Is Eurovision A Dead Dog?
Although Greece’s Helena Paparizou’s chirpy “My Number One” took the prize by the sort of distance that’s expected of a red-hot favourite, the most remarkable things about the 50th Eurovision Song Contest were the political wrangles that went on behind it and the view it gave of host nation Ukraine.
The entry from Ukraine, which has gone from revolution to Eurovision in the space of six months, was washed of most of its overt political content, while Kiev city officials and the local contest organisers all came in for some heavy media flak.
Ukraine, last year’s winner, hosted the contest in what was widely seen as a means to showcase the country after last year’s “Orange Revolution.” The shock winner of the poll to find the Ukrainian entrant was a trio called GreenJolly, with the orange anthem “Razom Nas Bahato (Together We Are Many)”.
One verse ran, “No falsifications! No lies! No machinations! Yes Yushchenko! Yes Yushchenko! This is our president!” in what sounded like a cross between a Euro pop entry and a chant from a soccer ground terrace.
Eurovision executive supervisor Svante Stockselius ruled it was political propaganda and against the rules, while the U.K.’s The Independent suggested that trying to hold back the tides of politics six months after a revolution “is the kind of challenge only King Canute would propose.”
The lyrics were cleaned up but on the final night (May 21) it could only finish in the pack. Meanwhile, the U.K.’s Metro had been reporting that a cleanup operation of a different kind had drawn a furious reaction from animal rights activists.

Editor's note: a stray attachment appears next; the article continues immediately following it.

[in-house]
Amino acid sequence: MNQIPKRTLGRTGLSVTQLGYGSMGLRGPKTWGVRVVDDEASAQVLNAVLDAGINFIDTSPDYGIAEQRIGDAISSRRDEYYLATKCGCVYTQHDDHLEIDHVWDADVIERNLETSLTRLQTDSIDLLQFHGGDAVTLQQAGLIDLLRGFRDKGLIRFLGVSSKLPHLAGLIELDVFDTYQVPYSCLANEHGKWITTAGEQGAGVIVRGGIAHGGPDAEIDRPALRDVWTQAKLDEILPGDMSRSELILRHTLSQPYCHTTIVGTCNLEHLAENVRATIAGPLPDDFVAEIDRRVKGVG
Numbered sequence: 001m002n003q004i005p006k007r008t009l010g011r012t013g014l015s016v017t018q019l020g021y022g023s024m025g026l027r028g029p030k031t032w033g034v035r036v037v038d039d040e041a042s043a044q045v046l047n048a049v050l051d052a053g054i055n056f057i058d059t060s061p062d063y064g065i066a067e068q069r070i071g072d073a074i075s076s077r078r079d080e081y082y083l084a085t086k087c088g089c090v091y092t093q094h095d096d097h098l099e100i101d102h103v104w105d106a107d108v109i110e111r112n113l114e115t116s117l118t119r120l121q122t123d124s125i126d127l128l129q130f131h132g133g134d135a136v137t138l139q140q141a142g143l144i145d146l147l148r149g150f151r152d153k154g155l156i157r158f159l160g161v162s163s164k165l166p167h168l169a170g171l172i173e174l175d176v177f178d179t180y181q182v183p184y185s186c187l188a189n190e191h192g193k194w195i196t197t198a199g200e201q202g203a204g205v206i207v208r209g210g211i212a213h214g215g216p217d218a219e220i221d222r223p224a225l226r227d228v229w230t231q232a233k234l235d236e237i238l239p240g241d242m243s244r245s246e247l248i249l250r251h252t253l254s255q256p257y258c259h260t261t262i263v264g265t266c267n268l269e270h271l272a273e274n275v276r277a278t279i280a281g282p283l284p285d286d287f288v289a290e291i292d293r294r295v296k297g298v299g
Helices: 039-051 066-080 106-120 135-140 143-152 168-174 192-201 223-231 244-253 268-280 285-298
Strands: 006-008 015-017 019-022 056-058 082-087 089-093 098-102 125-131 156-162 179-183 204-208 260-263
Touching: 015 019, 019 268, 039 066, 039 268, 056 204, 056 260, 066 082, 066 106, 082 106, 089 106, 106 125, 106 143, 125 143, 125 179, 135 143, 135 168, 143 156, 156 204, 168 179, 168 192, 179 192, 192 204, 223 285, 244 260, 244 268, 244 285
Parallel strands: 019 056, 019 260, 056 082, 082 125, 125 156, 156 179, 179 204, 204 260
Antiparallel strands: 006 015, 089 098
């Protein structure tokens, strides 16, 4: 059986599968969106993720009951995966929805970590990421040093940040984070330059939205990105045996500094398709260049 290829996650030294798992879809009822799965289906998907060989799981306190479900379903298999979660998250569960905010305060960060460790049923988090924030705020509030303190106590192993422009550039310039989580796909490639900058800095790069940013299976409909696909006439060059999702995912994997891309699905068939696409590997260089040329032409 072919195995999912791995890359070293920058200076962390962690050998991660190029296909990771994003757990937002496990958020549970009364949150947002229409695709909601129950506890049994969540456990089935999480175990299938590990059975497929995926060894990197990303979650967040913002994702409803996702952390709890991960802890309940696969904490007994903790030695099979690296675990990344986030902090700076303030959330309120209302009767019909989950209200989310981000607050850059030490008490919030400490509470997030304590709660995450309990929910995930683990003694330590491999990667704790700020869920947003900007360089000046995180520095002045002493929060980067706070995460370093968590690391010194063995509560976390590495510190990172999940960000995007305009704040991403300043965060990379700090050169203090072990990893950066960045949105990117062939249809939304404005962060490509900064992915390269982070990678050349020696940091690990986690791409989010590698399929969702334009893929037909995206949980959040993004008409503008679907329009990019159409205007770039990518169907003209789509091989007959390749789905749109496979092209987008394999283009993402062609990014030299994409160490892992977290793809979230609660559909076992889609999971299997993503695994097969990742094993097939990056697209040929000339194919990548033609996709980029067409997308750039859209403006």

Many had hoped the contest would help change Ukraine’s image after years of association with political scandals, corruption and the effects of the 1986 Chernobyl nuclear disaster, but the cleaning of Kiev is alleged to have included the culling of 10,000 of the city’s stray dogs.
The Metro piece quoted Tamara Tarnavskaya, head of the city’s society that protects animal rights, as saying the Ukrainian capital’s leaders have sanctioned the cleanup squads to “shoot dogs with special dart guns and also throw poison around Kiev.”
The practice is a throwback to the Soviet era, when a dog-catching car – known locally as a “budka” (or kennel) – would roam around the city, catching loose dogs and taking them to a pound. If nobody turned up to claim them, they were shot.
The city says it doesn’t do that now and that the dogs are only taken in to be sterilised, but eyewitness Iryna Stashevskaya told Metro she saw two men jump out of a red car and kill Daisy, the dog adopted by her apartment block, by shooting her several times with a high-powered air gun.
This year’s contest had already suffered bad press. Amid rumours of ticket fraud, vote-rigging and spiraling costs, it was reported that the European Broadcasting Union was ready to move the whole contest to Malmo, Sweden.
Meanwhile, back at the front of the stage, hundreds of thousands ended up watching the contest on screens erected in Maidan Nezalezhnosti (Independence Square), the focal point of last year’s rallies.
Eurovision attracts far more attention in the post-communist eastern European countries than it does in western Europe, where the competition, the performers and their songs are all treated with a large degree of disdain – even though it has a Euro-wide TV audience of about 150 million.
Paparizou, who finished third in Eurovision in 2001, scored 230 points in telephone voting from viewers in 39 countries for a performance relying heavily on Greek folk music. Behind her in second place was Chiara from Malta, who sang “Angel.”
Romania’s Luminita Anghel and her group Sistem, singing “Let me Try,” came third.
The German entry, which had caused a scandal of its own when it was discovered its producer had bought hundreds of copies to improve its chart position, trailed last of the 24 entrants.
— John Gammon